I have a confession to make: I've had a hard time getting into Ted Leo. When I hear a song like "The High Party" or "Me and Mia" on its own, I pound my fist against the wheel (or other near object), play air guitar and shout along--and it feels perfect in every way. But string a bunch of his songs together and I tend to drift. Not that each individual song has anything wrong with it--more that the man and his band are too consistent.
Since Leo got that annoying lo-fi/sampling shit Tej Leo (?), Rx/Pharmacists out of his system, we've seen 2001's The Tyranny of Distance and especially 2003's Hearts of Oak define his sound and he's been riding that wave ever since. Each album has its tangents and flairs, but basically he's been rocking the same sound for over seven years. Granted, that sound is pretty satisfying and belongs in a long line of great UK-inspired (and UK, for that matter) rock, but still. With all the backers â??round the Org and overall punk rock world, I figured something was wrong with me. My homework assignment was clear: Get into Ted Leo.
While Ted Leo is notorious for dragging labels down with him (I kid!), like he's a lovable shelter puppy on the posters all around my town, I believe he has found a "forever home" with Matador. God bless â??em for taking him in. As a whole, The Brutalist Bricks is a much more manageable album than the over-stuffed Living with the Living. And with Ted Leo talking about hardcore influencing this album, I was worried we'd get a bunch of "Bomb.Repeat.Bomb"-type tracks, a song which I found, frankly, a bit obnoxious. Luckily, this is not the case. The "hardest' track"on here would have to be "Where Was My Brain," but keep in mind when Leo says "hardcore" he means like early '80s hardcore, the stuff he likely grew up on (Bad Brains, perhaps? Descendents?) along with the mod stuff. It's catchy enough too, so it works. Speedy track "The Stick" sustains a single chugging note for most of its verse and remind me quite a bit of "Ace of Spades" for some reason. "Mourning in America" is pretty intense too, full of lightning-quick snare fills, breakdowns with some bass synth courtesy of James Canty, and a cool-off middle section.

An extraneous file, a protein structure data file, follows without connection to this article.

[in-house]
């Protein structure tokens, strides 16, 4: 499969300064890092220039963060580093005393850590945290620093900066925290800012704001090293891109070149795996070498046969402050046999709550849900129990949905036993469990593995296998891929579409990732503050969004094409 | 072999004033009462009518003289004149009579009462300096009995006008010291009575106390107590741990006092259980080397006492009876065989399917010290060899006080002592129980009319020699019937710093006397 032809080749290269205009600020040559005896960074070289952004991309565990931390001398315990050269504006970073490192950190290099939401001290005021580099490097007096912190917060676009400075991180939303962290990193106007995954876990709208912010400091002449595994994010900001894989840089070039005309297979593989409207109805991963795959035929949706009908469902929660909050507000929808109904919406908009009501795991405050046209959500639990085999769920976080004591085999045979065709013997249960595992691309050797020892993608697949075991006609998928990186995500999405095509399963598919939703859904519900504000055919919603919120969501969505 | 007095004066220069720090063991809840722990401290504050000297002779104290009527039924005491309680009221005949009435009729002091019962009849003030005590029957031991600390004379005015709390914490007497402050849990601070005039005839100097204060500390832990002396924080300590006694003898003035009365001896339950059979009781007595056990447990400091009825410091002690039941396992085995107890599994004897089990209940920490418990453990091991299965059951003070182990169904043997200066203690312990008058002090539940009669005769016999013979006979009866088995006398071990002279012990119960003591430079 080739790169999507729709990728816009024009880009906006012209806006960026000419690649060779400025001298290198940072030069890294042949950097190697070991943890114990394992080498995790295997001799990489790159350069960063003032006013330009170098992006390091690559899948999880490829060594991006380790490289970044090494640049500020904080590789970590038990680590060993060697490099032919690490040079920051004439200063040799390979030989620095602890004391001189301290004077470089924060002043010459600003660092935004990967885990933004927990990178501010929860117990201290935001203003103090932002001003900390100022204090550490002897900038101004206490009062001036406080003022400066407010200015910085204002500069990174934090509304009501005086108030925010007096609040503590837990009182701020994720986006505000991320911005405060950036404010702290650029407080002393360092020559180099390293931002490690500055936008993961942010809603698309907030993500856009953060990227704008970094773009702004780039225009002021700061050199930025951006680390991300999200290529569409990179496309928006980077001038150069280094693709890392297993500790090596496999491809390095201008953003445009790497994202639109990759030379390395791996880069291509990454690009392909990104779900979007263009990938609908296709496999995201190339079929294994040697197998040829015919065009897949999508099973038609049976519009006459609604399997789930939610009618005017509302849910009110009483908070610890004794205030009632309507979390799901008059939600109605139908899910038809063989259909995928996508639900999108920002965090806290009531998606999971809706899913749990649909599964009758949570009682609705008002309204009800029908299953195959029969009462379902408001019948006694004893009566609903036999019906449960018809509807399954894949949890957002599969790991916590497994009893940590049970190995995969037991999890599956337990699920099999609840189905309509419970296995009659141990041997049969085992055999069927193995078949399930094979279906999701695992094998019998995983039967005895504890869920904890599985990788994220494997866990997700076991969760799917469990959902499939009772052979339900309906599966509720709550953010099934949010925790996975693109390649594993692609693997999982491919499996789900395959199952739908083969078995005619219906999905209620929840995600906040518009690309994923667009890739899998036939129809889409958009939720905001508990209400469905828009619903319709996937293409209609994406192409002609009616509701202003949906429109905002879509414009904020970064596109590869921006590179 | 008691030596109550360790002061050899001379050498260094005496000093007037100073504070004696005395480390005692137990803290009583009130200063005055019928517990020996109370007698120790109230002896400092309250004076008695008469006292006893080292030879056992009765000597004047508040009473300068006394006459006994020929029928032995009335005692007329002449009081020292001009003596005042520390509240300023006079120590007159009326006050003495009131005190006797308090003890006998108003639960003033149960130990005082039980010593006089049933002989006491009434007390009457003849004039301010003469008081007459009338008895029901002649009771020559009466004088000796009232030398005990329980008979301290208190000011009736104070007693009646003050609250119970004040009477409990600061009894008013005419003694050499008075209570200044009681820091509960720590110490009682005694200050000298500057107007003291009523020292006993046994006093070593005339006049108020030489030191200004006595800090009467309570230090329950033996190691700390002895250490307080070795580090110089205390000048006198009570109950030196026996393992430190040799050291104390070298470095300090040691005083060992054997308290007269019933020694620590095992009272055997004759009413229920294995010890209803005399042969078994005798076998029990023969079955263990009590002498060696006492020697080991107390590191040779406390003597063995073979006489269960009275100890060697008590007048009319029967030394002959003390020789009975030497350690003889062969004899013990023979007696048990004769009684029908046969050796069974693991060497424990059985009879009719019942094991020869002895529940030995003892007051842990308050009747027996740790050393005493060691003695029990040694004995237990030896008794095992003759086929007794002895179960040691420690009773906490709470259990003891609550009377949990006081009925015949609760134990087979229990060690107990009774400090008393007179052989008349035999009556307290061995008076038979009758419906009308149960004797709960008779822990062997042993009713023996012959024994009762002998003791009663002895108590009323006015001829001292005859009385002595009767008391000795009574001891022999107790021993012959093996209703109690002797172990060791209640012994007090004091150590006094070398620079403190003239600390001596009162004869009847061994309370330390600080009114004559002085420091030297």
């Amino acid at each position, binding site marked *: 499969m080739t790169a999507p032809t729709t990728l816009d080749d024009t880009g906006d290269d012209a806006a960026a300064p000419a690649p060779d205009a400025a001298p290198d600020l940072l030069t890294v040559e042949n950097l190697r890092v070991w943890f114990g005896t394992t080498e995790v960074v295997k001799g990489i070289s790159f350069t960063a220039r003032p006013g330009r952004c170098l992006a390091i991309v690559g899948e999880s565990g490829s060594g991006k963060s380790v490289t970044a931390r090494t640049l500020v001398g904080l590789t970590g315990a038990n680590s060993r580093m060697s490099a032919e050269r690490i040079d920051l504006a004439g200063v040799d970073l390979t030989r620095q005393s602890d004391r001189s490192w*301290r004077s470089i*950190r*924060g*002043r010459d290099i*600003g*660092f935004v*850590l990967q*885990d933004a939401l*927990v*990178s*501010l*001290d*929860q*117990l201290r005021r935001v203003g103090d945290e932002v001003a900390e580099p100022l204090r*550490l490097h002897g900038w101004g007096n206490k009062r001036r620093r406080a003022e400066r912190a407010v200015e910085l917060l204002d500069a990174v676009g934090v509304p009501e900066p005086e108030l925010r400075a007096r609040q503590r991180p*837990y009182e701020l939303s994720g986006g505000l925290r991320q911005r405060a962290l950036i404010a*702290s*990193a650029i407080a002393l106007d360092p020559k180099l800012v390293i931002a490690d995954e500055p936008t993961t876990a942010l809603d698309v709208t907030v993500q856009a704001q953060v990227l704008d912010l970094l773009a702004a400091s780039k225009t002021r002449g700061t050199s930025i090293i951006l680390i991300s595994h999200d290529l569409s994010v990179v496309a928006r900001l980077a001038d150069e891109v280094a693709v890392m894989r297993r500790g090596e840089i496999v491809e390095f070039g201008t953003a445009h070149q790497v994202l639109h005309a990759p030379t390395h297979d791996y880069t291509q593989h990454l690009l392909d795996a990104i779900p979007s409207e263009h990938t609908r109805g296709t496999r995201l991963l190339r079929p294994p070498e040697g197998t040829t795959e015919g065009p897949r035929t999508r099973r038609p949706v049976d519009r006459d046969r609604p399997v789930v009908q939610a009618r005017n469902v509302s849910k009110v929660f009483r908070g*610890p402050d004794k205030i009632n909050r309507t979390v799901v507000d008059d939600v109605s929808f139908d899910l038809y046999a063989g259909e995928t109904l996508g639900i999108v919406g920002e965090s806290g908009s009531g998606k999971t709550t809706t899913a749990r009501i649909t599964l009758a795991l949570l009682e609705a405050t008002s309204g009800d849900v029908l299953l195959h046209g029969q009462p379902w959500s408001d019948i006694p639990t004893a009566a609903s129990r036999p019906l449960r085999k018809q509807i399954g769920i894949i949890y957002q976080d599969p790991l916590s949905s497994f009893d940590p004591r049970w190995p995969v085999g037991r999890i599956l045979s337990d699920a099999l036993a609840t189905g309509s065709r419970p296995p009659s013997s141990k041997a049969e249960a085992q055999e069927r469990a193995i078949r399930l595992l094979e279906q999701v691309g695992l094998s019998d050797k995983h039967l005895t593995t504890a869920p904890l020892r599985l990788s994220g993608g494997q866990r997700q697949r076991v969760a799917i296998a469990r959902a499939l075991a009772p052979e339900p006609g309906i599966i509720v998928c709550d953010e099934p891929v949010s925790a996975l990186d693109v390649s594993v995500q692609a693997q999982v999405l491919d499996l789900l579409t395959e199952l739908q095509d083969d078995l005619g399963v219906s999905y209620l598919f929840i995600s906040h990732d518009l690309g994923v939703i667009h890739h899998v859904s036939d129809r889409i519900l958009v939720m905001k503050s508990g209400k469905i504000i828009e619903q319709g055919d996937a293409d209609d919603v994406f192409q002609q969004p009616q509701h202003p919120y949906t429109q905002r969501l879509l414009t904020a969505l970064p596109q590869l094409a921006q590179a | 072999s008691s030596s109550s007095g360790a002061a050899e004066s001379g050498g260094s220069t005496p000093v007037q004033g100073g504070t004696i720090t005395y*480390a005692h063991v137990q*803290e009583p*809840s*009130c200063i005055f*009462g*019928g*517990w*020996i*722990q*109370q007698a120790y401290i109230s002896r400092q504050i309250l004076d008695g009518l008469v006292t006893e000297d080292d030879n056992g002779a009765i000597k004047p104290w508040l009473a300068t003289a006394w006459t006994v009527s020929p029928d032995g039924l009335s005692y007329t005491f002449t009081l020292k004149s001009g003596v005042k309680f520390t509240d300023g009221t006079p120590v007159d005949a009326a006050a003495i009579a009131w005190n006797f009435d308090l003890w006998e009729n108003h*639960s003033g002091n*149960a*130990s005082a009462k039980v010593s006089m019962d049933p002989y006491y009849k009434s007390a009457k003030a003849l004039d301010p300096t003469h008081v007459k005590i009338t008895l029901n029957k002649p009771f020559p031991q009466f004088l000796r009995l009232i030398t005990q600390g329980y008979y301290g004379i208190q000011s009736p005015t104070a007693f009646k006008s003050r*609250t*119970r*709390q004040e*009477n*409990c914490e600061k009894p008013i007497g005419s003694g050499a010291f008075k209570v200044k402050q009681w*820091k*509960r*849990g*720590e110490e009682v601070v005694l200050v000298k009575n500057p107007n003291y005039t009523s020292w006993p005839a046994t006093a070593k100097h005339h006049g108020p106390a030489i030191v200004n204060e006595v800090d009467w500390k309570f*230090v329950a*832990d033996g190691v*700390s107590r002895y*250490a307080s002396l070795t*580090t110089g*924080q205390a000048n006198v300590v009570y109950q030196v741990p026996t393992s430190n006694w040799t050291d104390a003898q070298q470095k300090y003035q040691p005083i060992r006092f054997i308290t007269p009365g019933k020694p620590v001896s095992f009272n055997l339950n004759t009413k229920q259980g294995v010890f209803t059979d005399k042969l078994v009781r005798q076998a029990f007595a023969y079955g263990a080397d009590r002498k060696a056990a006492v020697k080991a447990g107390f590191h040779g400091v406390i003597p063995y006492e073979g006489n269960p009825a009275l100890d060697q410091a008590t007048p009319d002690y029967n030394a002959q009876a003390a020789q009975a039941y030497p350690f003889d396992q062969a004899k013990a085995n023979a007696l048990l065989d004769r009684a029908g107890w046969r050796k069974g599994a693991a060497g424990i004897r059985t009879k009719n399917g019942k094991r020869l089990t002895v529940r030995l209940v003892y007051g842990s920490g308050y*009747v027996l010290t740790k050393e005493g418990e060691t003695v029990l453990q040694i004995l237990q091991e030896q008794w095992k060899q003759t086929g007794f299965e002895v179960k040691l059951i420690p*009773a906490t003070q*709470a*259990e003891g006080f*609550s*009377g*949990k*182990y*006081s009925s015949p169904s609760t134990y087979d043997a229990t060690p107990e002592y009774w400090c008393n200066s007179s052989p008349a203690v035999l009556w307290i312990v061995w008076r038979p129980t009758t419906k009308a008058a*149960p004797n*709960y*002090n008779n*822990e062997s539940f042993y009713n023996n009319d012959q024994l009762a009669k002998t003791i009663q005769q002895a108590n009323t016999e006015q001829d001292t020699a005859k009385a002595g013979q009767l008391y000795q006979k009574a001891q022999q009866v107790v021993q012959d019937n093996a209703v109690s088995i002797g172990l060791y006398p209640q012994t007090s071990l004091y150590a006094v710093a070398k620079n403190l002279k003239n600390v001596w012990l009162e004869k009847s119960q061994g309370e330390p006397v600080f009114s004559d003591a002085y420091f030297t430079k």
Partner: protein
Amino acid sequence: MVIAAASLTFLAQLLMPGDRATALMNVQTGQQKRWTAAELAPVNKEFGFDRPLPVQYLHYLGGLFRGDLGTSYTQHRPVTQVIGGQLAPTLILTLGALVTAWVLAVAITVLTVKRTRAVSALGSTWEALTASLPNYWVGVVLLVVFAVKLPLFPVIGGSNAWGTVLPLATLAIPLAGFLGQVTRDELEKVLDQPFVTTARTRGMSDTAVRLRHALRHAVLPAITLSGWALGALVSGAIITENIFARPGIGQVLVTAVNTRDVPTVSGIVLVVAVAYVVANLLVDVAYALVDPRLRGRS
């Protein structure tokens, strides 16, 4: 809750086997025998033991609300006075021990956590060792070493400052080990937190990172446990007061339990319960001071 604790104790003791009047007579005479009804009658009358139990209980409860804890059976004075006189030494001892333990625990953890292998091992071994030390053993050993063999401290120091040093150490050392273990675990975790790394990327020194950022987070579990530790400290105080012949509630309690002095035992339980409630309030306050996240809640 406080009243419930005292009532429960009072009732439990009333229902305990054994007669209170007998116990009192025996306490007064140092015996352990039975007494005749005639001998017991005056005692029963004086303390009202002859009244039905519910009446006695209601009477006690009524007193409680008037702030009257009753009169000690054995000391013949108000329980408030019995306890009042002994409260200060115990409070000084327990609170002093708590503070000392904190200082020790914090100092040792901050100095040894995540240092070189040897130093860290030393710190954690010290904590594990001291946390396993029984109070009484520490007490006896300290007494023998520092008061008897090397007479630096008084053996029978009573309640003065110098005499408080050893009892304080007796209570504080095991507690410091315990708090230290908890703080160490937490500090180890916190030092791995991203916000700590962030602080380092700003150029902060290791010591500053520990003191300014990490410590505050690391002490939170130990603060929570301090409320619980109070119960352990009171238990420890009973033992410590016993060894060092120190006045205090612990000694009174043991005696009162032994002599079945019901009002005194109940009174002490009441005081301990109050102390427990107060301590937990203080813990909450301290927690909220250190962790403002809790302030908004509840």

Even with all I've said, it's a pretty typical Ted Leo cut, "Bottled in Cork," that ends up as my favorite track here. After a louder intro, it cuts quick and goes to an acoustic-fueled bounce; later, Leo harmonizes himself nicely. "Even Heroes Have to Die" is another acoustic rocker and probably has the best chorus here, finishing with Elvis Costello-type "whoa-oh"s. "One Polaroid a Day" has Leo singing in a lower range than we're used to hearing, but it totally works over this solid groove, and the chorus music is total Franz Ferdinand-esque dance rock. "The Mighty Sparrow" is a typical Jam/Squeeze/Leo jam, but once again, would probably fall into the category of "awesome alone, disappears within an album." As the opener, it works just fine. Closer "Last Days" finds the Pharmacists in a rather Who-like state, interrupted by some harsher, more pounding moments. Check out that "Won't Get Fooled Again" ending to the album!
Like an M. Night Shyamalan film, there are, predictably, a couple twists here. The oddest of the bunch would be "Tuberculoids Arrive in Hop," an atypical acoustic number with an atypical open tuning, crickets/background fuzz, and an odd vocal melody including some falsetto. Not crazy about it, but can't say he didn't try.
I like Ted Leo. Really. Live, he is totally the bomb. Now that I've given him a fair shake, I feel I can say I am truly a fan. I still think he needs to step out of his comfort zone for more than three minutes before stepping back. Take that risk, man. For now, you all go and enjoy The Brutalist Bricks. It may be his best set of Ted Leo-esque tunes yet.